01/2008; 5(2):45-66.
  • Peter Marlow, Kyriaki Mitroussi
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    ABSTRACT: The critical role shipping taxation has played in the structure and evolution of the shipping business over the last century can easily be recognised. Whether connected with the actual initiation of the open registries scheme or as a means to improve competitiveness of traditional flags, shipping taxation attracts the attention of shipping practitioners and policy makers and constitutes an always topical focus of study. Recent years have particularly seen the rise and growth of tonnage tax system as no longer merely an inventive tax format but as a global standard of shipping taxation, which is in operation for 70% of the global ocean-going fleet. An examination of the European Union (EU) shipping taxation policy exhibits particular interest not only due to the fact that a number of significant traditional ship-owning nations are part of the EU – for example, Greece and the UK – but also due to the presence of fairly recently joined countries with a substantial role in international shipping as popular open registries – for example, Cyprus and Malta. The aim of this paper is to investigate the shipping taxation policy of the EU by concentrating on the forms this takes in selected European countries and to examine critically the comparative position of Greek shipping in this context. Maritime Economics & Logistics (2008) 10, 185–207. doi:10.1057/palgrave.mel.9100198
    Maritime Economics & Logistics 01/2008; 10(1-2):185-207.
  • Peter Marlow, Rawindaran Nair
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    ABSTRACT: Service contracts have emerged as an important instrument to secure a long-term relationship between carriers in the container shipping industry and shippers requiring scheduled services covering a global market. This contract, entered into largely on an individual and confidential basis, continues to enjoy anti-trust immunity under current United States and European Union regulations. It will continue to be in place even after the EC Council Regulation 4056/86 is repealed in October 2008 although it may operate in a modified way because of the absence of the common external conference tariff. This article examines the implications of this instrument on the international supply chain and explores its future role in defining efficiencies in international trade flows.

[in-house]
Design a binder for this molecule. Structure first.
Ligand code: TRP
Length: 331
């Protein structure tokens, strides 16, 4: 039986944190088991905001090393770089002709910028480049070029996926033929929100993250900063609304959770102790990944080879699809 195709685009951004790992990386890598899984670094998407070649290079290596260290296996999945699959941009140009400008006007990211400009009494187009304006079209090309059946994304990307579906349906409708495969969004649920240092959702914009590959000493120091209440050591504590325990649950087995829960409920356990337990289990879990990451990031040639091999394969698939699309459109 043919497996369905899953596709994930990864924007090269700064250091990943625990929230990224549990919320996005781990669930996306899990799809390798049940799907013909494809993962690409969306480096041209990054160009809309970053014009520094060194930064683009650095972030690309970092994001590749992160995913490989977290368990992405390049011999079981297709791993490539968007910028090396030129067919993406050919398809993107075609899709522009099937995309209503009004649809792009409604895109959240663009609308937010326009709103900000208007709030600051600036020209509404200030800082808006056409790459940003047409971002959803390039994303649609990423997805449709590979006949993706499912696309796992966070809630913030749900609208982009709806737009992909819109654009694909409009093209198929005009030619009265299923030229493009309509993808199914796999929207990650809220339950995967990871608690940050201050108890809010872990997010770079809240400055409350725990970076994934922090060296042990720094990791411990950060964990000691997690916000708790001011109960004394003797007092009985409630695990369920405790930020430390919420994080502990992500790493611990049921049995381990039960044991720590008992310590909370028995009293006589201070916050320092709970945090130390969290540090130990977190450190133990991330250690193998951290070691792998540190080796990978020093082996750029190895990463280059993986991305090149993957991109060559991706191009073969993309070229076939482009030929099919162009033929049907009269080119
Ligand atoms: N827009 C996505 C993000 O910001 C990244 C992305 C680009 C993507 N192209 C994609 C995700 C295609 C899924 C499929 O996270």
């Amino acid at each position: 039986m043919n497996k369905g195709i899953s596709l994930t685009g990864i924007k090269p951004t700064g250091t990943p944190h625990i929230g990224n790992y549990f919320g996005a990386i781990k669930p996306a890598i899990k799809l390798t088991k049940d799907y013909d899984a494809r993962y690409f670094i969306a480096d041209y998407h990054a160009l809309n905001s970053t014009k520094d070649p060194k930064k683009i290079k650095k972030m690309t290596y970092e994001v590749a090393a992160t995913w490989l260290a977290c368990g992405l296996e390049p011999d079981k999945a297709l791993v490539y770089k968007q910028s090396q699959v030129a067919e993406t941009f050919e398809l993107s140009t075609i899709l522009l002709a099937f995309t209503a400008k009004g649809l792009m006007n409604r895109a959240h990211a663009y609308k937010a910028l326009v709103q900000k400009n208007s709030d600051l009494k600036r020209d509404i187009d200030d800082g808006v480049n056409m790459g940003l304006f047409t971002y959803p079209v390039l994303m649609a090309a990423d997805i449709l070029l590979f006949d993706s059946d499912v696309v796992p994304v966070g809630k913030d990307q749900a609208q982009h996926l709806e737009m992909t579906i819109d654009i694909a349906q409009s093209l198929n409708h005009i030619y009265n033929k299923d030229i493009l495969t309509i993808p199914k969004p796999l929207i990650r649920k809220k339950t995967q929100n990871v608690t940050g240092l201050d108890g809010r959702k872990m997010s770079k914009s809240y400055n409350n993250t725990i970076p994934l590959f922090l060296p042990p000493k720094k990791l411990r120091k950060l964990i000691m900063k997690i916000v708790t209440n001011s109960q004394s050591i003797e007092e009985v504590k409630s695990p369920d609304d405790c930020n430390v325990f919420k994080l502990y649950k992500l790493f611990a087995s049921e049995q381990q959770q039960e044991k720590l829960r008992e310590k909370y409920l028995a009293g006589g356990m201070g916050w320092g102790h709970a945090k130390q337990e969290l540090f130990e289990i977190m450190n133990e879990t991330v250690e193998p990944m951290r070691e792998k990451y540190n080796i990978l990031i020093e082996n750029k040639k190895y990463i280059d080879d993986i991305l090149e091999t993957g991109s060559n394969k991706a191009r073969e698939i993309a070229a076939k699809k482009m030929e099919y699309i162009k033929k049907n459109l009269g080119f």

Marine Policy. 01/2008;
  • Ana C Paixão Casaca, Peter B Marlow
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    ABSTRACT: The need to shift goods from road to underused transport capacity led the European Commission to embark on the development of two important policies: one concerning short sea shipping (SSS) and the other concerning the trans-European transport network (TEN-T). While for many years these policies were delineated separately, the introduction of ports and Project 21 in the TEN-T brought these two policies together. In light of this, the aim of this paper is to assess the impact of the TEN-T on SSS. To achieve this, the paper describes the SSS market segment; it puts into a historical perspective the TEN-T policy; and it carries out an assessment of the impact of the TEN-T on SSS. Maritime Economics & Logistics (2007) 9, 302–323. doi:10.1057/palgrave.mel.9100184
    Maritime Economics & Logistics 01/2007; 9(4):302-323.
  • Peter Marlow, Rawindaran Nair